(Reuters) - Mexico strolled through qualification for Russia but now the pressure will mount on coach Juan Carlos Osorio and his players to deliver on the huge expectations of the country's passionate fans.
The solitary defeat in the final qualifying stage came in the last round against Honduras, with El Tri already long assured of top spot, in contrast to their toils four years ago.
But having made the last 16 at every World Cup since 1994, Osorio knows he has to get the very best out of his squad if Mexico are to advance beyond that stage for the first time since their 1986 home run to the quarter-finals.
Luckily for the Colombian coach, he has arguably the most talented collection of players the country has ever been able to choose from.
Javier "Chicharito" Hernandez, the country's all-time top scorer with 49 goals from 100 games, remains hugely popular but is by no means guaranteed to start, given the range of options in attack.
Carlos Vela, of Real Sociedad, America's Oribe Peralta and Benfica target man Raul Jimenez are among the choices available to Osorio in attack as well as one of the stars from Brazil - the inconsistent but undeniably talented Giovani dos Santos.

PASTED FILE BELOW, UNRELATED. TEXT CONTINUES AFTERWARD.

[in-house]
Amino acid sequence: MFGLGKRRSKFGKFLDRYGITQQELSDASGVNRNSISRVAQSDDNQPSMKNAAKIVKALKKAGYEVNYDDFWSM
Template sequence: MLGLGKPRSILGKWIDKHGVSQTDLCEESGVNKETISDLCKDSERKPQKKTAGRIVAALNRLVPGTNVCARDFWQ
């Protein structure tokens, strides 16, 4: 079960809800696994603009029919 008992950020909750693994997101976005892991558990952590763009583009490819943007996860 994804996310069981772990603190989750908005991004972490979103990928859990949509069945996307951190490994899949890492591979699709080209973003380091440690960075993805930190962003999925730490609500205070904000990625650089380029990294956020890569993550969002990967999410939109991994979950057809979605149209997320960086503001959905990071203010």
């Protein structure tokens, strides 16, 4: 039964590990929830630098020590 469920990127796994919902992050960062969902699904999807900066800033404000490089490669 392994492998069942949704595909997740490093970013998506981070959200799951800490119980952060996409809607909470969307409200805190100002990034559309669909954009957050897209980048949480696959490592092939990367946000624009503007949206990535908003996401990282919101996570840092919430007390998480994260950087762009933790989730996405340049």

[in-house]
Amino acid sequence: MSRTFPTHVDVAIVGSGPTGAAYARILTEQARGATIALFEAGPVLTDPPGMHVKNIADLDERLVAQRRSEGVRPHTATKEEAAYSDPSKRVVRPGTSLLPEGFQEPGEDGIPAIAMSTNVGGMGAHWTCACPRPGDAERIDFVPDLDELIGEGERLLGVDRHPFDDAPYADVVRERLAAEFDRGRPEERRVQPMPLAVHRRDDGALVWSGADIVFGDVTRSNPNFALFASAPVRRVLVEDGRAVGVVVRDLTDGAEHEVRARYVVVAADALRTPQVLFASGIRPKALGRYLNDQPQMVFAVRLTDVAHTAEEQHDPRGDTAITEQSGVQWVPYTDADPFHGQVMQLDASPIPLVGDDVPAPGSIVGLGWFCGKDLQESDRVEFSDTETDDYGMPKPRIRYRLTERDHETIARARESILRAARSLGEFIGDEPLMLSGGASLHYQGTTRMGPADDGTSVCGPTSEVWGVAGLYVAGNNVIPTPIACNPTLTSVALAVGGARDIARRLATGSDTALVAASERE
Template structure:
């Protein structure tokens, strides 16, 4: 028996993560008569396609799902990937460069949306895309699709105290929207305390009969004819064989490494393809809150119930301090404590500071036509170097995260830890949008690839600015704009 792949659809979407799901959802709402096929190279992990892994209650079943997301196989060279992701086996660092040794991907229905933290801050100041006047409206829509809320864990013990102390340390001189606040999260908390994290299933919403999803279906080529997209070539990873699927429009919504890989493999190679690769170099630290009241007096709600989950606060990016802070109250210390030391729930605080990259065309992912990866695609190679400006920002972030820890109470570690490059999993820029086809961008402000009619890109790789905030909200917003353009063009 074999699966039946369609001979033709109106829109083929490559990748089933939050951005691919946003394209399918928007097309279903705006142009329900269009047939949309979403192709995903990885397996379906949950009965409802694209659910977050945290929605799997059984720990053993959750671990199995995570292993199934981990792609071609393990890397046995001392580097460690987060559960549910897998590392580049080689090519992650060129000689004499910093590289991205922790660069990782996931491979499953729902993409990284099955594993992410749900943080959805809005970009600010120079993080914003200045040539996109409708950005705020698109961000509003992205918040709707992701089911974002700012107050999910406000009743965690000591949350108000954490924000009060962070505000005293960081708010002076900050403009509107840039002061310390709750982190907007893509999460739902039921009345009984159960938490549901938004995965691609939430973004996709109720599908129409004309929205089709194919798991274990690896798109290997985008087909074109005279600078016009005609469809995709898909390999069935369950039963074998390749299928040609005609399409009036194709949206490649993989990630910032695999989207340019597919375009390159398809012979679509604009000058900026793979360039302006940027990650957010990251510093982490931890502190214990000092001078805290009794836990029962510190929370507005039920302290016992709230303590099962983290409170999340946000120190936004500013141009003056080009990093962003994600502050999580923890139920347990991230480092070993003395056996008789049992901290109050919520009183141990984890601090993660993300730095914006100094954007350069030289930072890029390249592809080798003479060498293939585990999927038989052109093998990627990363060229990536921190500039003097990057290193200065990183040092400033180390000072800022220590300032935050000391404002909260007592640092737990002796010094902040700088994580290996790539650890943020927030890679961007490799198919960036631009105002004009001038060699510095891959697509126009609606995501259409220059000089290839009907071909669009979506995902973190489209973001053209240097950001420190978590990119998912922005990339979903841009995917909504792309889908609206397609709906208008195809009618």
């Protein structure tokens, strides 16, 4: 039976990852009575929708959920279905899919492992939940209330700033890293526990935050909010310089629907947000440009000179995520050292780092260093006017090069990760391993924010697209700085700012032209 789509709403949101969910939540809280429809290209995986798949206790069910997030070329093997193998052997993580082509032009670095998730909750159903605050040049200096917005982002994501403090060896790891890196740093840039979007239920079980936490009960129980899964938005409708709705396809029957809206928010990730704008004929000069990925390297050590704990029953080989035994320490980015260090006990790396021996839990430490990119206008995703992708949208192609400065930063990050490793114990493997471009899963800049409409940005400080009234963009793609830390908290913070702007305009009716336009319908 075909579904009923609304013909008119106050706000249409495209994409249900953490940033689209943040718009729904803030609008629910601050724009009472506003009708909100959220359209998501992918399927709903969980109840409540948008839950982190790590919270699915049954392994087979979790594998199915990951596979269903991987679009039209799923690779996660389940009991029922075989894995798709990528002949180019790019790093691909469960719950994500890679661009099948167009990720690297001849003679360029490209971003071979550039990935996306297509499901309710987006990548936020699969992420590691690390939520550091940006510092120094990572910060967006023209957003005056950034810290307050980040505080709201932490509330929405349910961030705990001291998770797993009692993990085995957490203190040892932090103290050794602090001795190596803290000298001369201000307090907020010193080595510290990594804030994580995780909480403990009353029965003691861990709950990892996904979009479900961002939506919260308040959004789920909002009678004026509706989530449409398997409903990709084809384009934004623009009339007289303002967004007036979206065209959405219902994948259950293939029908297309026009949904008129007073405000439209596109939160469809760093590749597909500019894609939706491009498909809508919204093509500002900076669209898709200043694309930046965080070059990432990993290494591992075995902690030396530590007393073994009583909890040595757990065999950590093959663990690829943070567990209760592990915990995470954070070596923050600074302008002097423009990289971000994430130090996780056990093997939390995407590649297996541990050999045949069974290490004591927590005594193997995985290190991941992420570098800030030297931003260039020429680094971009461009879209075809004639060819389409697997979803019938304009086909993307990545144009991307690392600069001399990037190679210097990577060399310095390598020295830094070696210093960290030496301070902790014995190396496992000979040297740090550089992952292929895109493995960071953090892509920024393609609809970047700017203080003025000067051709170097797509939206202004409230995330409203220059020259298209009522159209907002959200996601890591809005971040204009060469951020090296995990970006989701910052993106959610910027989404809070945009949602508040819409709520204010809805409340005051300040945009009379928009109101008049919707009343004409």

In keeping with Mexican football tradition there are plenty of options out wide with Javier Aquino, Juergen Damm, Andres Guardado and PSV Eindhoven's 22-year-old electrifyingly quick winger Hirving Lozano all talented options on the flanks.
The midfield area lacks a dominant enforcer and Osorio will be hoping that Hector Herrera's resurgence of form at Porto will continue, with a central partnership with Jonathan dos Santos offering a stable base for the typically attacking line-up.
At the back, 20-year-old Edson Alvarez has quickly impressed and Porto fullback Miguel Layun is a strong presence, but the future of veteran Rafa Marquez remains unclear.
Marquez, 38, was hoping to captain his country for a record fifth straight World Cup, but his involvement is in doubt after a designation in August by the U.S. government that the former Barcelona player was linked to a suspected drug trafficker.
(Reporting by Simon Evans,; Editing by Neville Dalton)